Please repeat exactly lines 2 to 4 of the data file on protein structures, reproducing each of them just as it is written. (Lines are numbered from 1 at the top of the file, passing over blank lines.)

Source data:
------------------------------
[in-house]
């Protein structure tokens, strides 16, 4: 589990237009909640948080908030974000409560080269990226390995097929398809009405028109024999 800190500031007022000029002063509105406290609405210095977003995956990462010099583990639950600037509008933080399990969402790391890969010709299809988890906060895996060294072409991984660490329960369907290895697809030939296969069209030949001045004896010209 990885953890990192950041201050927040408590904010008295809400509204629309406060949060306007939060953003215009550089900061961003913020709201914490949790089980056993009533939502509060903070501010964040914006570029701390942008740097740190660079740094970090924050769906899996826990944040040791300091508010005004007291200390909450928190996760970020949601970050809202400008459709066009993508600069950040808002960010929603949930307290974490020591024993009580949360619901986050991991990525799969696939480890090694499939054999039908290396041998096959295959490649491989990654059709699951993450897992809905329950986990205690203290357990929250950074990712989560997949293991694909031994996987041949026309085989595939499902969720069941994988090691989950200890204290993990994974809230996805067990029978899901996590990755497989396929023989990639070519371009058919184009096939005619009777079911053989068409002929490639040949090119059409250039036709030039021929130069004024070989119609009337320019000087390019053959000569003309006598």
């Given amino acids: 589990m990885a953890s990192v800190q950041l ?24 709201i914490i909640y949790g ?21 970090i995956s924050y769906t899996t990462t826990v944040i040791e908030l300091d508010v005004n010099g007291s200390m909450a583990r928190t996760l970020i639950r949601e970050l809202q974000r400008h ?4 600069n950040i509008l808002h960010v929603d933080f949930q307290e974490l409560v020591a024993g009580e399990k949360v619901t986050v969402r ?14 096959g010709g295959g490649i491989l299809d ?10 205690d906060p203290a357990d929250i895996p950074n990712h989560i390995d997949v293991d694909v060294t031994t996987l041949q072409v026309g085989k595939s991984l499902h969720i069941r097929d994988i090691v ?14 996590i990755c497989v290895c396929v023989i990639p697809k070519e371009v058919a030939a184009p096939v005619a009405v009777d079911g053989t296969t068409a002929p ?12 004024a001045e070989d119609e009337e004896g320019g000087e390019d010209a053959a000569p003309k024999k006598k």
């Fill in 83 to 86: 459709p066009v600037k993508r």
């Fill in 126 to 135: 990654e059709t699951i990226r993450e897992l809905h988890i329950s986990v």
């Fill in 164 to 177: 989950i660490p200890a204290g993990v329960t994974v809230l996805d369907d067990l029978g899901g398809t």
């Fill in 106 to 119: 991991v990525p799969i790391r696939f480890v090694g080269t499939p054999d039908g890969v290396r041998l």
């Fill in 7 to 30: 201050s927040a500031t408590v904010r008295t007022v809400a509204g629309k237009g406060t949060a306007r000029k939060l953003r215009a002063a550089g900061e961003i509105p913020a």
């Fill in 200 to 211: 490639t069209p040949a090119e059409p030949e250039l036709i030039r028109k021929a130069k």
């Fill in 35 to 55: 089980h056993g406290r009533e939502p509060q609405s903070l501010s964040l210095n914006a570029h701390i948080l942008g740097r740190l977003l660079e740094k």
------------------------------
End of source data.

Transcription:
């Protein structure tokens, strides 16, 4: 589990237009909640948080908030974000409560080269990226390995097929398809009405028109024999 800190500031007022000029002063509105406290609405210095977003995956990462010099583990639950600037509008933080399990969402790391890969010709299809988890906060895996060294072409991984660490329960369907290895697809030939296969069209030949001045004896010209 990885953890990192950041201050927040408590904010008295809400509204629309406060949060306007939060953003215009550089900061961003913020709201914490949790089980056993009533939502509060903070501010964040914006570029701390942008740097740190660079740094970090924050769906899996826990944040040791300091508010005004007291200390909450928190996760970020949601970050809202400008459709066009993508600069950040808002960010929603949930307290974490020591024993009580949360619901986050991991990525799969696939480890090694499939054999039908290396041998096959295959490649491989990654059709699951993450897992809905329950986990205690203290357990929250950074990712989560997949293991694909031994996987041949026309085989595939499902969720069941994988090691989950200890204290993990994974809230996805067990029978899901996590990755497989396929023989990639070519371009058919184009096939005619009777079911053989068409002929490639040949090119059409250039036709030039021929130069004024070989119609009337320019000087390019053959000569003309006598």
């Given amino acids: 589990m990885a953890s990192v800190q950041l ?24 709201i914490i909640y949790g ?21 970090i995956s924050y769906t899996t990462t826990v944040i040791e908030l300091d508010v005004n010099g007291s200390m909450a583990r928190t996760l970020i639950r949601e970050l809202q974000r400008h ?4 600069n950040i509008l808002h960010v929603d933080f949930q307290e974490l409560v020591a024993g009580e399990k949360v619901t986050v969402r ?14 096959g010709g295959g490649i491989l299809d ?10 205690d906060p203290a357990d929250i895996p950074n990712h989560i390995d997949v293991d694909v060294t031994t996987l041949q072409v026309g085989k595939s991984l499902h969720i069941r097929d994988i090691v ?14 996590i990755c497989v290895c396929v023989i990639p697809k070519e371009v058919a030939a184009p096939v005619a009405v009777d079911g053989t296969t068409a002929p ?12 004024a001045e070989d119609e009337e004896g320019g000087e390019d010209a053959a000569p003309k024999k006598k």
């Fill in 83 to 86: 459709p066009v600037k993508r």